I was in one of the hangars when the first shots rang out. BANG BANG!! Then another, louder. BANG!!!
I froze, camera drawn halfway to my eye, heart drawn halfway to my mouth. Shit! Who were they shooting at? Me?! I hadn’t checked the place, and I wasn’t sure if parts were still being used by the German army or some other bunch of nutters in a gun club.
Maybe one of the Soviet soldiers was still there, itchy-fingered, bitter after more than 30 years stubbornly guarding his patch. I pictured him, gaunt and skinny, a quarter-century’s stubble on his face, naked but for a dogged old pair of boots, with a long-empty vodka bottle beside him and just the leaves for company.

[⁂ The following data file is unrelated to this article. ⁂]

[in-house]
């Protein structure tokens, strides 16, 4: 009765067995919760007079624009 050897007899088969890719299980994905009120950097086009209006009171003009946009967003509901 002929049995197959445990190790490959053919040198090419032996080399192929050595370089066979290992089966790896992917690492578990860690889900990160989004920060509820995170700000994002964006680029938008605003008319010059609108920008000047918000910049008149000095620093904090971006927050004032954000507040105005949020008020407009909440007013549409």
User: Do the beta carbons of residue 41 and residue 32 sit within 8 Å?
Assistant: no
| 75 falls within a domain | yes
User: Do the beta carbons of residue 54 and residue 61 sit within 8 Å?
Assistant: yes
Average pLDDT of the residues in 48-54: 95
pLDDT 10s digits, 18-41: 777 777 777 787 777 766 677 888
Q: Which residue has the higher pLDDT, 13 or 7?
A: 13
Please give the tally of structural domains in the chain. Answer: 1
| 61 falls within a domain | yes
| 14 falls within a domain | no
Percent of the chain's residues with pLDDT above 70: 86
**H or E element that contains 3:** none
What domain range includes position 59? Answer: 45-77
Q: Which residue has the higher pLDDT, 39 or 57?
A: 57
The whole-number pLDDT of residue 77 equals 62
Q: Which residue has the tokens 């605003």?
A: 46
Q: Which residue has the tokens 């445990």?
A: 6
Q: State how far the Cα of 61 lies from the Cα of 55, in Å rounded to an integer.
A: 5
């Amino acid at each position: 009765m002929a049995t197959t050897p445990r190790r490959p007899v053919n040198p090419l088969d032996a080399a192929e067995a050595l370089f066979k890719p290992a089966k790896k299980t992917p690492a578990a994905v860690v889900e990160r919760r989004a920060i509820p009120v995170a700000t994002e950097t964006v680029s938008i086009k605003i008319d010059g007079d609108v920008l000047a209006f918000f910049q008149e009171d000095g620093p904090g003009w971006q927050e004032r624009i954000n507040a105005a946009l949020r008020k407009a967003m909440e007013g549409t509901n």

Then I thought if I were in his position I wouldn’t be shooting people away. I’d be glad of company and the prospect of a drink. But these soldiers are crazy.
(It was only later on another visit that I encountered the rather friendly looking Soviet soldier still guarding the site with a Mona Lisa smile on his lips. It’s a wonderful glass mosaic, a real treasure, and I sincerely hope it survives the demolitions taking place around it.)
I proceeded away from the direction of the shots and ascertained it was just some idiots in a drag car or something, racing up and down, and the bangs were from the engine. It was a relief but also kinda diasppointing.
By now an altogether more dangerous enemy was closing in – darkness. I certainly had no desire to stay the night. I set back off in the general direction from which I’d come, pushing through the trees, defying branches, cursing the thorns.